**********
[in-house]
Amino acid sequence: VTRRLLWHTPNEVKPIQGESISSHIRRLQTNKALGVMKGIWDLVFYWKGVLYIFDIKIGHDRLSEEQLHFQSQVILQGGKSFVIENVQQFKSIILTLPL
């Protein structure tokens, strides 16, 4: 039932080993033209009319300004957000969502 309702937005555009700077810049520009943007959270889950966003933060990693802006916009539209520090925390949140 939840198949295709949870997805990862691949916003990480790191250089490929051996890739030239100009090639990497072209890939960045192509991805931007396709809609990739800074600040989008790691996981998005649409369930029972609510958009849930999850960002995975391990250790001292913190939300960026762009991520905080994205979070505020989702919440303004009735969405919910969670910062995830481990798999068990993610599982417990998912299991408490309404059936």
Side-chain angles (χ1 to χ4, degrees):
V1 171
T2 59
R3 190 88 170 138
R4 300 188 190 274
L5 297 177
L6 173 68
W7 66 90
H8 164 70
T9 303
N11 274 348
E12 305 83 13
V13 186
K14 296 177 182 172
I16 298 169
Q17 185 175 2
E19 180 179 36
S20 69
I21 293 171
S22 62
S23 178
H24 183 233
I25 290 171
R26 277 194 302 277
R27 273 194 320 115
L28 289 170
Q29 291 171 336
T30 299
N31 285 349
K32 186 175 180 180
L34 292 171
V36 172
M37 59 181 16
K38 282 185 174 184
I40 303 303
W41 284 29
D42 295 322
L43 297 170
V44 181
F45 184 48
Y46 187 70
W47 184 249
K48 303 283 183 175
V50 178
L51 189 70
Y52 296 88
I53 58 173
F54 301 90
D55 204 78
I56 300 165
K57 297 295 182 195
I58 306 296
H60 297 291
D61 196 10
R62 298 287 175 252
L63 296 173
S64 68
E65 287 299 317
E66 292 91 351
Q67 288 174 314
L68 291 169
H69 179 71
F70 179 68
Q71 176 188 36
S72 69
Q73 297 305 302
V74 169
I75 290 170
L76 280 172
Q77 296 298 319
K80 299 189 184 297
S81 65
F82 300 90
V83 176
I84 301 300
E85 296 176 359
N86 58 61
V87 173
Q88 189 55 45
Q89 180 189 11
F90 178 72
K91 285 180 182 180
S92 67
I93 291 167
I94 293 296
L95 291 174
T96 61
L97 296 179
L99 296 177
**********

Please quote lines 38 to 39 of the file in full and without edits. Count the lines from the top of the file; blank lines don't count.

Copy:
I40 303 303
W41 284 29